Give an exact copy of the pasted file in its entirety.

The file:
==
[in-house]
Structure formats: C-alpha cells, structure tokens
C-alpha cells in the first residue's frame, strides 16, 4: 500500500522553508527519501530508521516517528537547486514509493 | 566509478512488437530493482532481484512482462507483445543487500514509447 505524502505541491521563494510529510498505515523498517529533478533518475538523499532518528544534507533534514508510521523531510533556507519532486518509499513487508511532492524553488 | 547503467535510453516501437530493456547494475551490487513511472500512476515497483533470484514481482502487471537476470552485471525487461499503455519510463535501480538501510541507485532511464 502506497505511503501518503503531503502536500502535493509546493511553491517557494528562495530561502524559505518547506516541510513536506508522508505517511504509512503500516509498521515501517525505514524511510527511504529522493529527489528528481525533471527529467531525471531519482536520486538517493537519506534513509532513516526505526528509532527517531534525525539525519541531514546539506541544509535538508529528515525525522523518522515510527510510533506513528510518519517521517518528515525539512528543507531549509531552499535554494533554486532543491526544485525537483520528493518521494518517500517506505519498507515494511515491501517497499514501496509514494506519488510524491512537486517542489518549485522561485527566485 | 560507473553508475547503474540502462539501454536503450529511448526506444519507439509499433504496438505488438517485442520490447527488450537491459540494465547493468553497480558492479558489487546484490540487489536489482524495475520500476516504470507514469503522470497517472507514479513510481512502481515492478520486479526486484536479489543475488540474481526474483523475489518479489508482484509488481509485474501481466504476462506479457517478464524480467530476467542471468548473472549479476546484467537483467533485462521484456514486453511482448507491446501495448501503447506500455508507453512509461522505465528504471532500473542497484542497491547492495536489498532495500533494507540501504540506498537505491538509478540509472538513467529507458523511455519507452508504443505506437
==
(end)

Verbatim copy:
[in-house]
Structure formats: C-alpha cells, structure tokens
C-alpha cells in the first residue's frame, strides 16, 4: 500500500522553508527519501530508521516517528537547486514509493 | 566509478512488437530493482532481484512482462507483445543487500514509447 505524502505541491521563494510529510498505515523498517529533478533518475538523499532518528544534507533534514508510521523531510533556507519532486518509499513487508511532492524553488 | 547503467535510453516501437530493456547494475551490487513511472500512476515497483533470484514481482502487471537476470552485471525487461499503455519510463535501480538501510541507485532511464 502506497505511503501518503503531503502536500502535493509546493511553491517557494528562495530561502524559505518547506516541510513536506508522508505517511504509512503500516509498521515501517525505514524511510527511504529522493529527489528528481525533471527529467531525471531519482536520486538517493537519506534513509532513516526505526528509532527517531534525525539525519541531514546539506541544509535538508529528515525525522523518522515510527510510533506513528510518519517521517518528515525539512528543507531549509531552499535554494533554486532543491526544485525537483520528493518521494518517500517506505519498507515494511515491501517497499514501496509514494506519488510524491512537486517542489518549485522561485527566485 | 560507473553508475547503474540502462539501454536503450529511448526506444519507439509499433504496438505488438517485442520490447527488450537491459540494465547493468553497480558492479558489487546484490540487489536489482524495475520500476516504470507514469503522470497517472507514479513510481512502481515492478520486479526486484536479489543475488540474481526474483523475489518479489508482484509488481509485474501481466504476462506479457517478464524480467530476467542471468548473472549479476546484467537483467533485462521484456514486453511482448507491446501495448501503447506500455508507453512509461522505465528504471532500473542497484542497491547492495536489498532495500533494507540501504540506498537505491538509478540509472538513467529507458523511455519507452508504443505506437